on the motor switch you removed the heavy wires from. If it is ok you should read
continuity. Remember that the smaller wires in a
dryer carry the 120V and the large wires carry 240V. There is no voltage on these two
terminals with wires removed. It is ok to test with ohm meter. 7. Heat elements-Test heater
element with an ohm meter. You will read continuity
across a good element 8-12 OHMS
ok first unplug dryer on the side of the heating element housing you will see the high limit switch black plastic with a sticker and a metal nose pull the 2 wires off check for continuity with ohm meter should be closed if it reads closed put wires back. Now look for a white ceramic rectangle piece it is a thermal fuse pull the wires and chech continuity if it shows closed it also is good. if either of these show open they need replaced. Now if both showed closed unplug wires from heating element check continuity should read continuity. if open element is broken. Now assuming this all shows good. Then it could be the timer or the centrifical switch on end of motor.
limit switch either the one on the heating element or the one in the air duct they are easy to check if u know how to use a meter they should read continuity when they are cold and open up at a certain temp
An open circuit does mean the element is bad and will need to be replaced. Just in case though, make sure your meter is working properly by touching the leads together. You should get a reading. Good luck!
Unplug the dryer from the wall. There are 2 wires connecting power at the heating element. Take one of these wires off, doesn't matter which one, but take at least one of the 2 off. Then put your meter probes across the terminal of the heating element where you took the 1 wire off and the other terminal of the heating element that still has a wire on it. Your meter will pretty much read full continuity if good, no reading at all if bad. Also check from one of these terminals of the element with one meter probe going to the metal frame of the unit. You should get no reading. If you do the element is shorted and would have likely tripped your house breaker.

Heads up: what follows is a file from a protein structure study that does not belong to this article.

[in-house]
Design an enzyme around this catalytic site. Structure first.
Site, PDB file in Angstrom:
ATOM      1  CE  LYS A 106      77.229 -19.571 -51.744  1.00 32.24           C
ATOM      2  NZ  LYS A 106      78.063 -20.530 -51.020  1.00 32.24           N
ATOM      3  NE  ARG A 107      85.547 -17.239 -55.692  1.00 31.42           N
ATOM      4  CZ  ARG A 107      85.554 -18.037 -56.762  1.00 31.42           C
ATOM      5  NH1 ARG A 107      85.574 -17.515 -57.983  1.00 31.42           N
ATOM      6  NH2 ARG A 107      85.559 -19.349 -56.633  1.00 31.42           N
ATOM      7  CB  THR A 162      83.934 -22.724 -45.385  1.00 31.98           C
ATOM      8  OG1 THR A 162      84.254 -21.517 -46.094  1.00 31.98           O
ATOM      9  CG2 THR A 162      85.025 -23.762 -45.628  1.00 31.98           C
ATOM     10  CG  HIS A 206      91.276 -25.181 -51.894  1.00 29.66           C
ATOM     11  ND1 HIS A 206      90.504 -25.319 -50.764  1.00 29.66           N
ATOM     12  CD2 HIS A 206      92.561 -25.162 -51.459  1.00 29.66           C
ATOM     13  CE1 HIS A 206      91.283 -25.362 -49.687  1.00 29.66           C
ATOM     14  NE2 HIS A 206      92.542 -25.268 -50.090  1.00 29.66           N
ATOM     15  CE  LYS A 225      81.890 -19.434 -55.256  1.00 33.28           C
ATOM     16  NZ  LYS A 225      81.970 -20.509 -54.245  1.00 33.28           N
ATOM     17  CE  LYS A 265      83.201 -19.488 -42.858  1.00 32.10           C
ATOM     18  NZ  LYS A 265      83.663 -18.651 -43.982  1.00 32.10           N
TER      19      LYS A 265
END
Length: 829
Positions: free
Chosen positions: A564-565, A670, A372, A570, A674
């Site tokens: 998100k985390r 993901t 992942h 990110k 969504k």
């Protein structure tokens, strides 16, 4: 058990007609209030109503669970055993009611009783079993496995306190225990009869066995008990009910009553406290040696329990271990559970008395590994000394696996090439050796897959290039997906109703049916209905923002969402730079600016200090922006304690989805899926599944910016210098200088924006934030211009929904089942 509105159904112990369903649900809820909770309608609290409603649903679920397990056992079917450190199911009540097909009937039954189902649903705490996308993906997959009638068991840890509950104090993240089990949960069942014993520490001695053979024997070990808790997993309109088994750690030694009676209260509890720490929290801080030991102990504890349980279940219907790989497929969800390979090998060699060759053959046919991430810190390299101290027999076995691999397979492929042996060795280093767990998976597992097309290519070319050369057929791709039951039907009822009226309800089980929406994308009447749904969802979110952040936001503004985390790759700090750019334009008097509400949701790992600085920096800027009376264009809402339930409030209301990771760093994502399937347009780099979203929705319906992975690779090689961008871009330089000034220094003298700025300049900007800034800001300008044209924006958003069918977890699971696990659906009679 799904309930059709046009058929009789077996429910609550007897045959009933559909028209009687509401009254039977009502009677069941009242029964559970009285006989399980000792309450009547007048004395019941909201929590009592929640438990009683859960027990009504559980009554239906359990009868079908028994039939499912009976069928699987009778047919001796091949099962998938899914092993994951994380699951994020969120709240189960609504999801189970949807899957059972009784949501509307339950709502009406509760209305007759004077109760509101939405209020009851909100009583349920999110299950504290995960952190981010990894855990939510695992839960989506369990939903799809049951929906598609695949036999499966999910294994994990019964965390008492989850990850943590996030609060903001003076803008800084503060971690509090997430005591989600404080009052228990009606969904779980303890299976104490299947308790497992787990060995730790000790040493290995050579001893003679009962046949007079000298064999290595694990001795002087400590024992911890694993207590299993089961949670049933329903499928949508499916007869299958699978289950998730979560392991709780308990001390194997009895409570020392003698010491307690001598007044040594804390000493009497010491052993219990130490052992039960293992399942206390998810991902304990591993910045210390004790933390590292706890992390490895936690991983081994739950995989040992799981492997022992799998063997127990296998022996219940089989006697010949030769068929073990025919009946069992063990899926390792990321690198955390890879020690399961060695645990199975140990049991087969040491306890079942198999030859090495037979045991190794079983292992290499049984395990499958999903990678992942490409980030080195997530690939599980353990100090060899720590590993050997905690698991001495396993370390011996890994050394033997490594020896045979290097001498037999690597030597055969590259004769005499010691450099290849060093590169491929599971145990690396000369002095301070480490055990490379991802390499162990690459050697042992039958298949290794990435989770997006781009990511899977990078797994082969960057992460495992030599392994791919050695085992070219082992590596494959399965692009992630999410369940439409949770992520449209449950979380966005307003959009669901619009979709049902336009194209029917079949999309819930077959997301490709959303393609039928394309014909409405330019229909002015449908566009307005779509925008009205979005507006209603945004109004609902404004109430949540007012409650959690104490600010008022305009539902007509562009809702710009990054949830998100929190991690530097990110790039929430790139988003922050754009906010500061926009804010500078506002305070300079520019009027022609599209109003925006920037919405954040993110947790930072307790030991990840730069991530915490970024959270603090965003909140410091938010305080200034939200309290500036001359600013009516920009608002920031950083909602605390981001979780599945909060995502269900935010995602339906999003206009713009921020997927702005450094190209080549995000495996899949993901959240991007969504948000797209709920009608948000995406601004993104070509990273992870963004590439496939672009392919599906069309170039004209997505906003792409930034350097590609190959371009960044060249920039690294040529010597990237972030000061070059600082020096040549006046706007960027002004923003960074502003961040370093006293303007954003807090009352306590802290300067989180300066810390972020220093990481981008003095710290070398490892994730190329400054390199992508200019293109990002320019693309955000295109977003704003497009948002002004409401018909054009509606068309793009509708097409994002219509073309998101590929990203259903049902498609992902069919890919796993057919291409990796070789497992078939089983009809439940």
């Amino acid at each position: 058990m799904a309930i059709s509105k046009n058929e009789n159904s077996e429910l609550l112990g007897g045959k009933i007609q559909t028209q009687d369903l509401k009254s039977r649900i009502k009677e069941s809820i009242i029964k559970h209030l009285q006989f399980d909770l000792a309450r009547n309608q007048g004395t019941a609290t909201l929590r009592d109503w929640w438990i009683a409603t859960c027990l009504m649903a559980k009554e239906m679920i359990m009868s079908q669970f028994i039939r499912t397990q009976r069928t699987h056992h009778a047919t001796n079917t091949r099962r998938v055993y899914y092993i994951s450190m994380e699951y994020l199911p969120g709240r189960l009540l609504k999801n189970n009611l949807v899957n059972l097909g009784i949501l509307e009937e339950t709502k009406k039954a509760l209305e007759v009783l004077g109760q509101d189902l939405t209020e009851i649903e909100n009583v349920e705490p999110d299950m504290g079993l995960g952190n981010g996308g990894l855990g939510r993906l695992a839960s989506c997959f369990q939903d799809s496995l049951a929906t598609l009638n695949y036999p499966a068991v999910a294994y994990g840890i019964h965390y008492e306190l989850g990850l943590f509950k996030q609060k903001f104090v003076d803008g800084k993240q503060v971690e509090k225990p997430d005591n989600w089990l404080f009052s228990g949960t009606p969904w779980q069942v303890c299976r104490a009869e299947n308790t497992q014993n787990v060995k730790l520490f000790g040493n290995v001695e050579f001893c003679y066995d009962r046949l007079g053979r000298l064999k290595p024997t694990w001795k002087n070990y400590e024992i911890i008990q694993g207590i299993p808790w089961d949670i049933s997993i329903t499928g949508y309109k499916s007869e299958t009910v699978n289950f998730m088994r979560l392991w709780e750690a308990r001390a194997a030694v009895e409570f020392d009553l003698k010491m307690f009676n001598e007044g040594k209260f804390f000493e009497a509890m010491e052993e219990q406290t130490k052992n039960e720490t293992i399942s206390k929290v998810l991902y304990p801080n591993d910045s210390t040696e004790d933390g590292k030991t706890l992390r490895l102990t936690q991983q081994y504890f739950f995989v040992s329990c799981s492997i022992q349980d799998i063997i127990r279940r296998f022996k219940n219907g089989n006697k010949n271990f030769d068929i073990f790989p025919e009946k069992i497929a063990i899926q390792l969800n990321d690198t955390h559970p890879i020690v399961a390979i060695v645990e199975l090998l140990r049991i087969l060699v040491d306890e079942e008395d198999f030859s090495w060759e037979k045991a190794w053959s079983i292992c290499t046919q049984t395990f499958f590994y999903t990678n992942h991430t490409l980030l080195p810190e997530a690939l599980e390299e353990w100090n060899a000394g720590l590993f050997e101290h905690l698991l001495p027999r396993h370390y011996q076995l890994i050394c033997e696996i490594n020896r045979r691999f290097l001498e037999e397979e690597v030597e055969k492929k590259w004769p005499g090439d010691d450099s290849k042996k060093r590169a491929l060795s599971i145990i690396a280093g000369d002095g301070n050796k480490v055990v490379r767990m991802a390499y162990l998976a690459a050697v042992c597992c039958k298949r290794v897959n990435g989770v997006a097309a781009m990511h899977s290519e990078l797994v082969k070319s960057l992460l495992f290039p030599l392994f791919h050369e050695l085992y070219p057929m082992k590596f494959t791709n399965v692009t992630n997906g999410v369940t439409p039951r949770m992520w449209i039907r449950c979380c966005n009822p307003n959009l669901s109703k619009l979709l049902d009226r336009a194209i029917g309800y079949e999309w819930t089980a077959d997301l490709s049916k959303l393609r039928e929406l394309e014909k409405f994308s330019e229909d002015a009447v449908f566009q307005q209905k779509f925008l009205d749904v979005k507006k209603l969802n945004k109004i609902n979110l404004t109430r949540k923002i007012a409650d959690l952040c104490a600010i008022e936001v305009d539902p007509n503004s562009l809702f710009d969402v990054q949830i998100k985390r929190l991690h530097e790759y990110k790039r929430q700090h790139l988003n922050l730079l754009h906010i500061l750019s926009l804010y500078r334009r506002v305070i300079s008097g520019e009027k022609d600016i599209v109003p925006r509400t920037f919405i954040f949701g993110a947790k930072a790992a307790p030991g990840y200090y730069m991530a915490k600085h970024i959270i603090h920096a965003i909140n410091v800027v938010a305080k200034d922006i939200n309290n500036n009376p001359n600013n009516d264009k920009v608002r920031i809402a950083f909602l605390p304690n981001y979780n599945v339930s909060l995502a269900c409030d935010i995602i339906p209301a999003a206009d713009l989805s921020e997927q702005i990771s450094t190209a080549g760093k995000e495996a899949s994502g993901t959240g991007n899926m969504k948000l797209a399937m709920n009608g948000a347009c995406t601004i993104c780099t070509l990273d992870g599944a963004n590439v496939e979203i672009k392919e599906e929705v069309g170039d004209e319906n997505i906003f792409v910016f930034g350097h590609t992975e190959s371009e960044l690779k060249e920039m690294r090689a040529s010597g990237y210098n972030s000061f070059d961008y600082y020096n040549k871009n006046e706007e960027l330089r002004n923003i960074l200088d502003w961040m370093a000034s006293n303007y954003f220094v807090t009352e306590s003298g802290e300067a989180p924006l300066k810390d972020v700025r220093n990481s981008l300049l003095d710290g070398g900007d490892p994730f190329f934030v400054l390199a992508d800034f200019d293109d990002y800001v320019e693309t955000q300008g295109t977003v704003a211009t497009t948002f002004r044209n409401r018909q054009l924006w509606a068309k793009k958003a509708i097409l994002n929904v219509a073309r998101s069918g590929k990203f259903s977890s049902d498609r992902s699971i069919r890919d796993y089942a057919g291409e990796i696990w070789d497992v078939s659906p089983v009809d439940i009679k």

Better to test a heating element for voltage with your meter like I described to you in your other question. I've seen heating elements read good when just doing a continuity test, however once voltage is applied and they start to heat they can expand and open up, thus not work, even though testing good when doing just a continuity test. Not always, but sometimes, it does happen enough to note to you.
Disconnect the plug. Disconnect the wires to the heater element. Using an ohm meter or test light,test the heater element to see if it is open. If it is open the meter needle will not move If a test light , it will not light. If true then replace element.
When you say electrical power is working Ok ,I would assume you are saying this because the dryer is tumbling.
Which could mean you are only getting 120 volts to the unit but it will not heat with out 240 volts.
If you are getting 240 volts.
You could have an open thermostat, an open heating element. A bad timer contact or a open switch on the motor.
All these can be tested with a Volt-Ohm meter.
((((The Electrical supply must be turned off and at least one wire dissonnected from the component being tested.